Tomoaki Kojima, CEO of Sourcenext Europe, explains how UK healthcare providers can overcome language barriers to help improve clinical outcomes for patients who don’t speak English as their first language
NHS trusts and other healthcare providers face a growing challenge to meet the changing communication needs of the UK’s increasingly diverse population. Around one in ten people in the UK don’t speak English as their first language, and in areas like London, this figure is around one in five people. This trend is set to continue as data from the ONS shows that over the next 25 years net international migration will account for almost three-quarters of UK population growth.
Language barriers can prevent patients from engaging in conversations with their clinicians – so how can healthcare providers deliver a quality care service to someone, if they can’t understand what their clinician is telling them?
Healthcare communication barriers
Numerous studies conducted over the past thirty years show that a clinician’s ability to explain, listen and empathise can have a huge impact on patient health outcomes as well as patient satisfaction.
Language barriers can result in miscommunication that impacts a patient’s understanding of their condition or treatment – this can be potentially life-changing or even life-threatening. This is why it’s crucial for all UK healthcare providers to now think carefully about how they can remove language barriers, to help patients who don’t speak English as their first language.
The growing number of patients with limited English proficiency is concentrated around large urban areas, which means the need for language support is already acute in large cities like London, Birmingham and Manchester. Whilst healthcare providers can use interpreters, they must rely on the availability of one when needed, and ensure consistent quality of translation to build and maintain trust and understanding.
Cultural beliefs also need to be considered, and clinicians may often see patients relying on their family members and friends to act as interpreters. This can, however, present a number of problems. Those asked to step in as impromptu interpreters may lack appropriate language skills, knowledge of medical terminology, or fail to translate complex information correctly. Their actions could also present serious issues around patient confidentiality.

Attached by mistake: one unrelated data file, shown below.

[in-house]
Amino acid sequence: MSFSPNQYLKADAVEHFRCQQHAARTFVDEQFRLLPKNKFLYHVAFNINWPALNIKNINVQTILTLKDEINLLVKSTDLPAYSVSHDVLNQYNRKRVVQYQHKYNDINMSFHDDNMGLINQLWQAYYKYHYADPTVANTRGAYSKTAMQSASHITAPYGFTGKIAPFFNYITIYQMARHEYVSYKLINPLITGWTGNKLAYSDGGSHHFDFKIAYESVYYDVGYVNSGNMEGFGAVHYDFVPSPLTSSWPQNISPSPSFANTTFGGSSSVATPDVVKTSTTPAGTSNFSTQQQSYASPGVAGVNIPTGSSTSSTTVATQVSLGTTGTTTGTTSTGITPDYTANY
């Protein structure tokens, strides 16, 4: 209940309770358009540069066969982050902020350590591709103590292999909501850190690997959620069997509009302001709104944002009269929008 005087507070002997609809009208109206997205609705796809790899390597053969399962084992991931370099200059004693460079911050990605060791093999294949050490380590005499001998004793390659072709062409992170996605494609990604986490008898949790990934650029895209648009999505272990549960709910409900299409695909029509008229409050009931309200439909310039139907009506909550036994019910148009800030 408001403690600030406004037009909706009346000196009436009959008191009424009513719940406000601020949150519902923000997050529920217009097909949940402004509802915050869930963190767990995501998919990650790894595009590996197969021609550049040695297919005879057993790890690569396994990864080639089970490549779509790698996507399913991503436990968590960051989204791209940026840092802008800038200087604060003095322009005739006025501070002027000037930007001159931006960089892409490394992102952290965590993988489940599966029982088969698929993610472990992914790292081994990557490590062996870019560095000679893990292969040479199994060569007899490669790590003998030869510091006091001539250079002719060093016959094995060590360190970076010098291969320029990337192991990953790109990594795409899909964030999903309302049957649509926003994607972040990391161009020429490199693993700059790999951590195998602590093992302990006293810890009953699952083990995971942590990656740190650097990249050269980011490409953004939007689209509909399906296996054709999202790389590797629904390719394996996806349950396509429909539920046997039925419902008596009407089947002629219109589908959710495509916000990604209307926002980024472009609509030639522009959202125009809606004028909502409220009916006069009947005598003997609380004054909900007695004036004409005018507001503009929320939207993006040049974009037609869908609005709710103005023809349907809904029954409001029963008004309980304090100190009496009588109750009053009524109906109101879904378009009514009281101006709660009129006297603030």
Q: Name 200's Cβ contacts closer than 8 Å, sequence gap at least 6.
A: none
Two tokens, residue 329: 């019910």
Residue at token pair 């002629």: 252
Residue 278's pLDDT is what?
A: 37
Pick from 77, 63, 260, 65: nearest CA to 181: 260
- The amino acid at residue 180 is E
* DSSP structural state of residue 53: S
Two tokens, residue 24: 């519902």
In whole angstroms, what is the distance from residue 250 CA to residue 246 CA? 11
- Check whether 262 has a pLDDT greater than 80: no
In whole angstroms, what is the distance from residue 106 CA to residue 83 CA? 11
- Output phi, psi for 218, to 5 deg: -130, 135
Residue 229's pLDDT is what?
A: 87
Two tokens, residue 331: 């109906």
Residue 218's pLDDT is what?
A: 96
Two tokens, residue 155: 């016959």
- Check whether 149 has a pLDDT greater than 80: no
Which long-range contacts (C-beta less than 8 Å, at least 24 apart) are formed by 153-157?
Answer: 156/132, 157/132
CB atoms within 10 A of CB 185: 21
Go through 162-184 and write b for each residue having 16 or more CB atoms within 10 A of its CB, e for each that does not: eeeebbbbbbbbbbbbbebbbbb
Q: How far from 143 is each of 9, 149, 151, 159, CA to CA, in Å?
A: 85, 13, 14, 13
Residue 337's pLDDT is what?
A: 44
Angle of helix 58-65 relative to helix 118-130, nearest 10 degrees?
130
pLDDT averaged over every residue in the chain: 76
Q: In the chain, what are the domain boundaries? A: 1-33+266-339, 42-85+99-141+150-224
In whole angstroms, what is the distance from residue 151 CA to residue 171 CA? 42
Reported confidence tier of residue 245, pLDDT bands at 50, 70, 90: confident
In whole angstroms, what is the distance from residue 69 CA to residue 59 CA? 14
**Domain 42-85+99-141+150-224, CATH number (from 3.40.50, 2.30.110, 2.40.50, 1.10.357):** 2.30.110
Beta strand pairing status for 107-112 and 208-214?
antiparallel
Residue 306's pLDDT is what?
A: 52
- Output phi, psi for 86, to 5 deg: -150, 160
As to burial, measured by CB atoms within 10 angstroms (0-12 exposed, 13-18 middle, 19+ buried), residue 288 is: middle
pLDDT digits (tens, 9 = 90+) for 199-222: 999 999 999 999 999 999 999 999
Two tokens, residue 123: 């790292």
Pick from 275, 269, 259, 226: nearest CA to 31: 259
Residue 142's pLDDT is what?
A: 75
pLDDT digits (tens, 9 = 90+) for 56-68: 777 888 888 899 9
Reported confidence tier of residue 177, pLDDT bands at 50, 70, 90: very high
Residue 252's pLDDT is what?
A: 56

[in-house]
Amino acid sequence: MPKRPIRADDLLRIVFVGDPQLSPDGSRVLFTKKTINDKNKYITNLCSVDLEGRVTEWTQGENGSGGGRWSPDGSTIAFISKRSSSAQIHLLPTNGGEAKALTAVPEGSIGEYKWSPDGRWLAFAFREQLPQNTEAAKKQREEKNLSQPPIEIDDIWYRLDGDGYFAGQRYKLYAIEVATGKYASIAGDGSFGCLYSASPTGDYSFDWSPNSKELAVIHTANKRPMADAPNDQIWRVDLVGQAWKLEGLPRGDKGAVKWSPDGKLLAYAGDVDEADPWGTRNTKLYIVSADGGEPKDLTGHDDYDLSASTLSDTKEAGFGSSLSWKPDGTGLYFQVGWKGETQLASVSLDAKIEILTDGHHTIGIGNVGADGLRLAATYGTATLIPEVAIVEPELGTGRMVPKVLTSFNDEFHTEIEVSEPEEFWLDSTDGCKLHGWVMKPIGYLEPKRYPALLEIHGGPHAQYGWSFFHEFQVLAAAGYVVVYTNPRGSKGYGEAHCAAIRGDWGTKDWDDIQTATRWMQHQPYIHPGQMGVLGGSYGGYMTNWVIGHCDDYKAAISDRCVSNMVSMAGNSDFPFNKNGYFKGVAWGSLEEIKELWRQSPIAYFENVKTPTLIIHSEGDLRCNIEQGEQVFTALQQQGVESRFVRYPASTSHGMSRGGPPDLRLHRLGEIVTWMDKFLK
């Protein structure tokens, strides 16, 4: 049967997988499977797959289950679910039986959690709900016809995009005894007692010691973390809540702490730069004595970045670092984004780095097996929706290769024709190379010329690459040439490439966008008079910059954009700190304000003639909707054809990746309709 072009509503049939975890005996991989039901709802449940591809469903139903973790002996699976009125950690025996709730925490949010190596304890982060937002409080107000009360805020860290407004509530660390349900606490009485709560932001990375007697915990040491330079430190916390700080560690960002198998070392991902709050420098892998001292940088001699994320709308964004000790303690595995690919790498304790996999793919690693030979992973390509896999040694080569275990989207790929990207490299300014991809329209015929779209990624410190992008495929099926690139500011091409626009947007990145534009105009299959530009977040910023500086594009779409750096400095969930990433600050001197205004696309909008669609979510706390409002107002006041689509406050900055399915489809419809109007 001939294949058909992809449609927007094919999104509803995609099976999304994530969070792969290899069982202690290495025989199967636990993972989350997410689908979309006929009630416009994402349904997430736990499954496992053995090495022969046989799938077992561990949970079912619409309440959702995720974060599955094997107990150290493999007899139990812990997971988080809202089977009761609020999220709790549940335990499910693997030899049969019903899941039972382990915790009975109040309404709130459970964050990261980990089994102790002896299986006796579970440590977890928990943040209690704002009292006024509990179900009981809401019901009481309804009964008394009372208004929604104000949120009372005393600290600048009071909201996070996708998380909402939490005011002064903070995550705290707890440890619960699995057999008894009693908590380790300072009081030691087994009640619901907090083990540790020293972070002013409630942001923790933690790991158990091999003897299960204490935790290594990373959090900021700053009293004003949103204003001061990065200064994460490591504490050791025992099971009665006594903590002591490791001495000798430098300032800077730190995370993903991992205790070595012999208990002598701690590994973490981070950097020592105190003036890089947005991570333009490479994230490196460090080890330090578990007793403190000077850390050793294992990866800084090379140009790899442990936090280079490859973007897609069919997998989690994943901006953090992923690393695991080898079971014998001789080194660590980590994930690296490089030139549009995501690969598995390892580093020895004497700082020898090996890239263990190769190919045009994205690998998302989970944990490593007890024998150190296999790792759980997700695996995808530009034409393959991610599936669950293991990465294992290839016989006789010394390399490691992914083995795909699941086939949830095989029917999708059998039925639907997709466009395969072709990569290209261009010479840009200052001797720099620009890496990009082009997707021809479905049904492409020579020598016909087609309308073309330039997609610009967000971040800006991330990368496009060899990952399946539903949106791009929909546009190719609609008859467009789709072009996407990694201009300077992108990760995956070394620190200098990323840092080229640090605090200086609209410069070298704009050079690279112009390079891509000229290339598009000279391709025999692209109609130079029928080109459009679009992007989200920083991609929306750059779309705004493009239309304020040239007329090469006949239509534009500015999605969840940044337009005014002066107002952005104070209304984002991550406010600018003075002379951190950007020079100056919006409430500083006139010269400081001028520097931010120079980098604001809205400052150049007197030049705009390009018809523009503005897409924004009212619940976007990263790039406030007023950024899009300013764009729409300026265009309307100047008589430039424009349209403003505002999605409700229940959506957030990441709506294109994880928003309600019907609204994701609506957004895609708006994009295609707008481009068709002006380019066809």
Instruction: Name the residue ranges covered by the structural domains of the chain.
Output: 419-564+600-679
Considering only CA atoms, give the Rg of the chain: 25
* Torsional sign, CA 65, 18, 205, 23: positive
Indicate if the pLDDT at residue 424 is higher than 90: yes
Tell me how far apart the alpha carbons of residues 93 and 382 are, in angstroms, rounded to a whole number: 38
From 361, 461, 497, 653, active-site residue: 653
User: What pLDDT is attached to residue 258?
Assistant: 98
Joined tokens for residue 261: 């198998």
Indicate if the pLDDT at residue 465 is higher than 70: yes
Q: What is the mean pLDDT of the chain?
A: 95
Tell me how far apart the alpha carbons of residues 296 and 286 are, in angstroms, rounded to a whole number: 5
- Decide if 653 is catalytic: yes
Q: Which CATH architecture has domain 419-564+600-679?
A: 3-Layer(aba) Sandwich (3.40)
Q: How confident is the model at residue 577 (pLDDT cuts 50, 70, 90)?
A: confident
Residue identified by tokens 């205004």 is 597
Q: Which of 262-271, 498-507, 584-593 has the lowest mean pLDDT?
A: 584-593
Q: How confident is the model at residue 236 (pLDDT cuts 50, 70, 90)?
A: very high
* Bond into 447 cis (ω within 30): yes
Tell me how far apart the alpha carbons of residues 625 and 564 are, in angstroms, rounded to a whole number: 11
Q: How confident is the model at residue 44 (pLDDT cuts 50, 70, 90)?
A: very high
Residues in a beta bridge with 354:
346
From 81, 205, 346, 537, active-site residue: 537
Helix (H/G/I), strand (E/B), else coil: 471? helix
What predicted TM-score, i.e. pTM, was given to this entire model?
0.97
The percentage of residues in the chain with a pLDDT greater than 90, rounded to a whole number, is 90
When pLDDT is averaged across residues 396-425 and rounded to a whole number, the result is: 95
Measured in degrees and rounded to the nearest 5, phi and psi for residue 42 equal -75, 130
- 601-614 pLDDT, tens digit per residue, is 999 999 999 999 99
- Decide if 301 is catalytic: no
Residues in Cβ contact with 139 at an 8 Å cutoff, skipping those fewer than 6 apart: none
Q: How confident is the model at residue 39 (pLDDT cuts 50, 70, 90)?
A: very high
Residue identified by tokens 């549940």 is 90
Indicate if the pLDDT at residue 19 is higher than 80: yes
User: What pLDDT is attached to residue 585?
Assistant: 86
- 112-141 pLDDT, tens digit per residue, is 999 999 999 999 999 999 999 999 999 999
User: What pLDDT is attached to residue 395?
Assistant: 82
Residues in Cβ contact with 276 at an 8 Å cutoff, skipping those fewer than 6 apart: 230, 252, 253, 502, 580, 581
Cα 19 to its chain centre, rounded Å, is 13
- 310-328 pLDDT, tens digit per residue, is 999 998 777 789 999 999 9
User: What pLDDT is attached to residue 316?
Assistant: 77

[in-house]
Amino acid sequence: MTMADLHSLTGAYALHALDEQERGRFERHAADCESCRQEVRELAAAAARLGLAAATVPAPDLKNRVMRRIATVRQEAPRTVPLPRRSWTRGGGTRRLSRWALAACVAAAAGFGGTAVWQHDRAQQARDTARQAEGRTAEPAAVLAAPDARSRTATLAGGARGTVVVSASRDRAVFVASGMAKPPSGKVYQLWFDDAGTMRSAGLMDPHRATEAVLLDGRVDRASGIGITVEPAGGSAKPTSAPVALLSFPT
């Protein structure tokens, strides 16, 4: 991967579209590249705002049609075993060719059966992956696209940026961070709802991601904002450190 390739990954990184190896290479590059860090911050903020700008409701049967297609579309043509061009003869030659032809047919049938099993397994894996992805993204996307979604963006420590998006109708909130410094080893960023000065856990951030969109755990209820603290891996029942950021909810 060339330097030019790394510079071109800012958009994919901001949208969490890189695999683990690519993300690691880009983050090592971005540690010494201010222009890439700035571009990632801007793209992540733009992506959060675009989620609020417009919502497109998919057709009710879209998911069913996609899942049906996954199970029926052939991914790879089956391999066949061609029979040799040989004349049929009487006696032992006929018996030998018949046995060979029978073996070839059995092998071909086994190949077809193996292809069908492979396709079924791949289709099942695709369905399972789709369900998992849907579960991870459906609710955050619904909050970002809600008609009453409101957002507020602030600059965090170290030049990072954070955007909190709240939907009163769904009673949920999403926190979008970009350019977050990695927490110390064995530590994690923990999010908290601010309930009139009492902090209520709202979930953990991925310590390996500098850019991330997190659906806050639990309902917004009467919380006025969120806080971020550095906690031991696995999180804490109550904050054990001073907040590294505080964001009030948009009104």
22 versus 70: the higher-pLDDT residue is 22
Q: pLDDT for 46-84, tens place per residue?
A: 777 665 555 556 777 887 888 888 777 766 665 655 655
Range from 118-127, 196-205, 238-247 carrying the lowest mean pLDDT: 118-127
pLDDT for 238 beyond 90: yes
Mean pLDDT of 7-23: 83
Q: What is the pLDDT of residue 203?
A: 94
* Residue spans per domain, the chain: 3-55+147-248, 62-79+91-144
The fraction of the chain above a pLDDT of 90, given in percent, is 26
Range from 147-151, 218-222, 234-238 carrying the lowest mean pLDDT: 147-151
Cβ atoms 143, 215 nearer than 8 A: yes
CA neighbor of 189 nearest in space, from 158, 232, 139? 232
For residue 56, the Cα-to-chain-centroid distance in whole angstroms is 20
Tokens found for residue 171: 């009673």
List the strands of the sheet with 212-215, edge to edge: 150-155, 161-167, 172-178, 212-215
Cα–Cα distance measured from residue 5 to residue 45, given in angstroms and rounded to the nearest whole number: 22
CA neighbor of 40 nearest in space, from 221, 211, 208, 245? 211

Improving patient outcomes
For clinicians whose time is already scarce due to growing pressures on health organisations across the UK, relying on interpreters also requires spending time organising and overseeing the process.
Here’s where the right technology can make a huge difference. Whilst many healthcare providers already use over-the-phone translation services to get help from an interpreter, additional access to tools such as translation devices or apps is priceless.
For example, Lancashire and South Cumbria NHS Foundation Trust is one of the UK healthcare providers using Pocketalk real-time language translation devices, to overcome language barriers during the Covid-19 pandemic. The trust received three free devices donated by Pocketalk to UK healthcare providers during the early stage of the pandemic to offer clinicians quick and accurate help to speak with patients.
Having clinicians who are bilingual is also increasingly helpful for healthcare providers hiring more bilingual staff. Not only can they help translate important information to patients, but they can also help their organisation communicate in a way that takes cultural differences into account.
Other ways of overcoming communication barriers include encouraging clinicians to be more visual and make full use of visual prompts. Patients are more likely to remember and understand information much better with clear visual prompts like diagrams, images and models.
Ultimately, healthcare providers must use a combination of the right people and translation technology to remove communication barriers and improve clinical outcomes for patients who don’t speak English as their first language.